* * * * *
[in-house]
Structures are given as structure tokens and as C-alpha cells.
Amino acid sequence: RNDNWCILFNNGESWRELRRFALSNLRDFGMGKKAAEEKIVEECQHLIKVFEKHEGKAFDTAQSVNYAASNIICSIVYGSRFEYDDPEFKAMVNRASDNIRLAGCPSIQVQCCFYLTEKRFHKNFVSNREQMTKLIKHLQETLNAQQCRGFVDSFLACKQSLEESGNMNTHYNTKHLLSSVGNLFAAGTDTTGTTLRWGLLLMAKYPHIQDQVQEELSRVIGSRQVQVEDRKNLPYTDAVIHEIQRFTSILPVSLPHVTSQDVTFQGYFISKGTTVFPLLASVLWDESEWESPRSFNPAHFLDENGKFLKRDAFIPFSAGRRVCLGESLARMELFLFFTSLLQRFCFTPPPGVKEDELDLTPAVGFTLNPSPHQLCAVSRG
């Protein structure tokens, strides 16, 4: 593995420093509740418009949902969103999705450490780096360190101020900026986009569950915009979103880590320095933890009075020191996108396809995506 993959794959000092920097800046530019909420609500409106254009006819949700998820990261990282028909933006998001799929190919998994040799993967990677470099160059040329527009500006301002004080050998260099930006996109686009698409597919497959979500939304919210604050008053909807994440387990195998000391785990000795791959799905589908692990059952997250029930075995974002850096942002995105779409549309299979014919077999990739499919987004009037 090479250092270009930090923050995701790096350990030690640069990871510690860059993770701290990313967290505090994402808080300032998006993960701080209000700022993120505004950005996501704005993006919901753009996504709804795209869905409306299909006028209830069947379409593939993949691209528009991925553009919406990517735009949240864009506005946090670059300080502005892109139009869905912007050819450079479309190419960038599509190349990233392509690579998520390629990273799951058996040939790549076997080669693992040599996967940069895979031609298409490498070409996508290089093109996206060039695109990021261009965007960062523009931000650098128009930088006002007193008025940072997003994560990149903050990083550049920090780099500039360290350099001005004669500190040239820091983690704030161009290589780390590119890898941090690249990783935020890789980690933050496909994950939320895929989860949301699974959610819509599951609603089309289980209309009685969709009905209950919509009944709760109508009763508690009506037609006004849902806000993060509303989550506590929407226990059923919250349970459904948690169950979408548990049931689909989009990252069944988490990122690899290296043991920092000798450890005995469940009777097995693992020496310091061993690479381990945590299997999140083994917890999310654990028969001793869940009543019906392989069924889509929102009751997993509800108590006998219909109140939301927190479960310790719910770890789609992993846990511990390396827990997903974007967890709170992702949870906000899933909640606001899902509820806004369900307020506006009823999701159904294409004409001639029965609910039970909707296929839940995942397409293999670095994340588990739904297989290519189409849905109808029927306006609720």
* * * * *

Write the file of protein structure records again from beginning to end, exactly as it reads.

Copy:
[in-house]
Structures are given as structure tokens and as C-alpha cells.
Amino acid sequence: RNDNWCILFNNGESWRELRRFALSNLRDFGMGKKAAEEKIVEECQHLIKVFEKHEGKAFDTAQSVNYAASNIICSIVYGSRFEYDDPEFKAMVNRASDNIRLAGCPSIQVQCCFYLTEKRFHKNFVSNREQMTKLIKHLQETLNAQQCRGFVDSFLACKQSLEESGNMNTHYNTKHLLSSVGNLFAAGTDTTGTTLRWGLLLMAKYPHIQDQVQEELSRVIGSRQVQVEDRKNLPYTDAVIHEIQRFTSILPVSLPHVTSQDVTFQGYFISKGTTVFPLLASVLWDESEWESPRSFNPAHFLDENGKFLKRDAFIPFSAGRRVCLGESLARMELFLFFTSLLQRFCFTPPPGVKEDELDLTPAVGFTLNPSPHQLCAVSRG
């Protein structure tokens, strides 16, 4: 593995420093509740418009949902969103999705450490780096360190101020900026986009569950915009979103880590320095933890009075020191996108396809995506 993959794959000092920097800046530019909420609500409106254009006819949700998820990261990282028909933006998001799929190919998994040799993967990677470099160059040329527009500006301002004080050998260099930006996109686009698409597919497959979500939304919210604050008053909807994440387990195998000391785990000795791959799905589908692990059952997250029930075995974002850096942002995105779409549309299979014919077999990739499919987004009037 090479250092270009930090923050995701790096350990030690640069990871510690860059993770701290990313967290505090994402808080300032998006993960701080209000700022993120505004950005996501704005993006919901753009996504709804795209869905409306299909006028209830069947379409593939993949691209528009991925553009919406990517735009949240864009506005946090670059300080502005892109139009869905912007050819450079479309190419960038599509190349990233392509690579998520390629990273799951058996040939790549076997080669693992040599996967940069895979031609298409490498070409996508290089093109996206060039695109990021261009965007960062523009931000650098128009930088006002007193008025940072997003994560990149903050990083550049920090780099500039360290350099001005004669500190040239820091983690704030161009290589780390590119890898941090690249990783935020890789980690933050496909994950939320895929989860949301699974959610819509599951609603089309289980209309009685969709009905209950919509009944709760109508009763508690009506037609006004849902806000993060509303989550506590929407226990059923919250349970459904948690169950979408548990049931689909989009990252069944988490990122690899290296043991920092000798450890005995469940009777097995693992020496310091061993690479381990945590299997999140083994917890999310654990028969001793869940009543019906392989069924889509929102009751997993509800108590006998219909109140939301927190479960310790719910770890789609992993846990511990390396827990997903974007967890709170992702949870906000899933909640606001899902509820806004369900307020506006009823999701159904294409004409001639029965609910039970909707296929839940995942397409293999670095994340588990739904297989290519189409849905109808029927306006609720």